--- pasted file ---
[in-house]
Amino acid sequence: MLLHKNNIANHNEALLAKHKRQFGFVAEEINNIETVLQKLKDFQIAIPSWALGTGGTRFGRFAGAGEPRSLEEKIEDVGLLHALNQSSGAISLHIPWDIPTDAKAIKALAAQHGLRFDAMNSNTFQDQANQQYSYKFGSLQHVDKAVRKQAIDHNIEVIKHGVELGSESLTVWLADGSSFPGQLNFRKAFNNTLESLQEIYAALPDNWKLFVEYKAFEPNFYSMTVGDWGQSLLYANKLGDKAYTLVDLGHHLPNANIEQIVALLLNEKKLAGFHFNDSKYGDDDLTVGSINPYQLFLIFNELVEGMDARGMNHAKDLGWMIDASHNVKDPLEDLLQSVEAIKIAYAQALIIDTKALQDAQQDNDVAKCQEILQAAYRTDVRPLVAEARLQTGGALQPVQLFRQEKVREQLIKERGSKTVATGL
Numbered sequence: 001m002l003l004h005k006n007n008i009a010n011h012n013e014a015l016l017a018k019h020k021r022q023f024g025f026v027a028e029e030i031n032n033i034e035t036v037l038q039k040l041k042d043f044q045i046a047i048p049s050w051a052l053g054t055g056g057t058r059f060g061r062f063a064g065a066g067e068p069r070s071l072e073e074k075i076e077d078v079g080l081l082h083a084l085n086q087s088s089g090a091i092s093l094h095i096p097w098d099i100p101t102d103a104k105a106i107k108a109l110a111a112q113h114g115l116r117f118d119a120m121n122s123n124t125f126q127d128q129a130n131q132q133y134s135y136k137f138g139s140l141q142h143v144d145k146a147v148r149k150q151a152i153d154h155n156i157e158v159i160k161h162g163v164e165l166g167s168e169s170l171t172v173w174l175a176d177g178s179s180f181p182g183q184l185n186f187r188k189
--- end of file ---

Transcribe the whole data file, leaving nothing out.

[in-house]
Amino acid sequence: MLLHKNNIANHNEALLAKHKRQFGFVAEEINNIETVLQKLKDFQIAIPSWALGTGGTRFGRFAGAGEPRSLEEKIEDVGLLHALNQSSGAISLHIPWDIPTDAKAIKALAAQHGLRFDAMNSNTFQDQANQQYSYKFGSLQHVDKAVRKQAIDHNIEVIKHGVELGSESLTVWLADGSSFPGQLNFRKAFNNTLESLQEIYAALPDNWKLFVEYKAFEPNFYSMTVGDWGQSLLYANKLGDKAYTLVDLGHHLPNANIEQIVALLLNEKKLAGFHFNDSKYGDDDLTVGSINPYQLFLIFNELVEGMDARGMNHAKDLGWMIDASHNVKDPLEDLLQSVEAIKIAYAQALIIDTKALQDAQQDNDVAKCQEILQAAYRTDVRPLVAEARLQTGGALQPVQLFRQEKVREQLIKERGSKTVATGL
Numbered sequence: 001m002l003l004h005k006n007n008i009a010n011h012n013e014a015l016l017a018k019h020k021r022q023f024g025f026v027a028e029e030i031n032n033i034e035t036v037l038q039k040l041k042d043f044q045i046a047i048p049s050w051a052l053g054t055g056g057t058r059f060g061r062f063a064g065a066g067e068p069r070s071l072e073e074k075i076e077d078v079g080l081l082h083a084l085n086q087s088s089g090a091i092s093l094h095i096p097w098d099i100p101t102d103a104k105a106i107k108a109l110a111a112q113h114g115l116r117f118d119a120m121n122s123n124t125f126q127d128q129a130n131q132q133y134s135y136k137f138g139s140l141q142h143v144d145k146a147v148r149k150q151a152i153d154h155n156i157e158v159i160k161h162g163v164e165l166g167s168e169s170l171t172v173w174l175a176d177g178s179s180f181p182g183q184l185n186f187r188k189